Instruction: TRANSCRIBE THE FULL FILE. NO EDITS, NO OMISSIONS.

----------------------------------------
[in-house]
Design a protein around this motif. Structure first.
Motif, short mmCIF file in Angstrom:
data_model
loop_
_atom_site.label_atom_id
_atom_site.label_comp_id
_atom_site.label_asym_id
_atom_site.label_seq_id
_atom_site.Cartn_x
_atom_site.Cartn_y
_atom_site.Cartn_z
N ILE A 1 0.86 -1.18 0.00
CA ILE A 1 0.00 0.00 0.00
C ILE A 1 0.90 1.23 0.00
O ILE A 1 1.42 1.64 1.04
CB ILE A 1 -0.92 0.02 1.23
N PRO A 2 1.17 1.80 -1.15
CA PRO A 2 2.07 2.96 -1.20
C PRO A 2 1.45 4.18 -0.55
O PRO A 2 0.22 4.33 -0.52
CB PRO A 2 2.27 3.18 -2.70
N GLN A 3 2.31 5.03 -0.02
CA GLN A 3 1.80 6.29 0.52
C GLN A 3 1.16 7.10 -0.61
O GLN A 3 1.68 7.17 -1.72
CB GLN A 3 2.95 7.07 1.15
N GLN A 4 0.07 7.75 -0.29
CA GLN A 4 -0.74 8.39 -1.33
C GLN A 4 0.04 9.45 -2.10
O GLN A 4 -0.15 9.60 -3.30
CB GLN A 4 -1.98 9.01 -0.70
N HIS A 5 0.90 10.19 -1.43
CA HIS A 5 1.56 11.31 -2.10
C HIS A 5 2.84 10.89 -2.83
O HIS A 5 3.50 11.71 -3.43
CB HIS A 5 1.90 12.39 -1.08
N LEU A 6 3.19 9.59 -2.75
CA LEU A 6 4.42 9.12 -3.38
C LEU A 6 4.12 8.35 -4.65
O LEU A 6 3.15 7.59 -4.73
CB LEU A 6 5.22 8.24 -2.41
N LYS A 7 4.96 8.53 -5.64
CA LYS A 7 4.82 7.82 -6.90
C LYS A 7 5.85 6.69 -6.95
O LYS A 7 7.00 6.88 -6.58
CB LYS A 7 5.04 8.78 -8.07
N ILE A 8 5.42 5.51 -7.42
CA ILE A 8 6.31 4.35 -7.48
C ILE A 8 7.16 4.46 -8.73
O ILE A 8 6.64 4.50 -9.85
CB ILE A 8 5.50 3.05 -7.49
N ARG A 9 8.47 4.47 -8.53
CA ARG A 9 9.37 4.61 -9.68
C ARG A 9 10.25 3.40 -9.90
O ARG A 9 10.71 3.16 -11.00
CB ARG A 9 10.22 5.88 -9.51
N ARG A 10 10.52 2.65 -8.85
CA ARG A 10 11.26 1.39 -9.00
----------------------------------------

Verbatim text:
[in-house]
Design a protein around this motif. Structure first.
Motif, short mmCIF file in Angstrom:
data_model
loop_
_atom_site.label_atom_id
_atom_site.label_comp_id
_atom_site.label_asym_id
_atom_site.label_seq_id
_atom_site.Cartn_x
_atom_site.Cartn_y
_atom_site.Cartn_z
N ILE A 1 0.86 -1.18 0.00
CA ILE A 1 0.00 0.00 0.00
C ILE A 1 0.90 1.23 0.00
O ILE A 1 1.42 1.64 1.04
CB ILE A 1 -0.92 0.02 1.23
N PRO A 2 1.17 1.80 -1.15
CA PRO A 2 2.07 2.96 -1.20
C PRO A 2 1.45 4.18 -0.55
O PRO A 2 0.22 4.33 -0.52
CB PRO A 2 2.27 3.18 -2.70
N GLN A 3 2.31 5.03 -0.02
CA GLN A 3 1.80 6.29 0.52
C GLN A 3 1.16 7.10 -0.61
O GLN A 3 1.68 7.17 -1.72
CB GLN A 3 2.95 7.07 1.15
N GLN A 4 0.07 7.75 -0.29
CA GLN A 4 -0.74 8.39 -1.33
C GLN A 4 0.04 9.45 -2.10
O GLN A 4 -0.15 9.60 -3.30
CB GLN A 4 -1.98 9.01 -0.70
N HIS A 5 0.90 10.19 -1.43
CA HIS A 5 1.56 11.31 -2.10
C HIS A 5 2.84 10.89 -2.83
O HIS A 5 3.50 11.71 -3.43
CB HIS A 5 1.90 12.39 -1.08
N LEU A 6 3.19 9.59 -2.75
CA LEU A 6 4.42 9.12 -3.38
C LEU A 6 4.12 8.35 -4.65
O LEU A 6 3.15 7.59 -4.73
CB LEU A 6 5.22 8.24 -2.41
N LYS A 7 4.96 8.53 -5.64
CA LYS A 7 4.82 7.82 -6.90
C LYS A 7 5.85 6.69 -6.95
O LYS A 7 7.00 6.88 -6.58
CB LYS A 7 5.04 8.78 -8.07
N ILE A 8 5.42 5.51 -7.42
CA ILE A 8 6.31 4.35 -7.48
C ILE A 8 7.16 4.46 -8.73
O ILE A 8 6.64 4.50 -9.85
CB ILE A 8 5.50 3.05 -7.49
N ARG A 9 8.47 4.47 -8.53
CA ARG A 9 9.37 4.61 -9.68
C ARG A 9 10.25 3.40 -9.90
O ARG A 9 10.71 3.16 -11.00
CB ARG A 9 10.22 5.88 -9.51
N ARG A 10 10.52 2.65 -8.85
CA ARG A 10 11.26 1.39 -9.00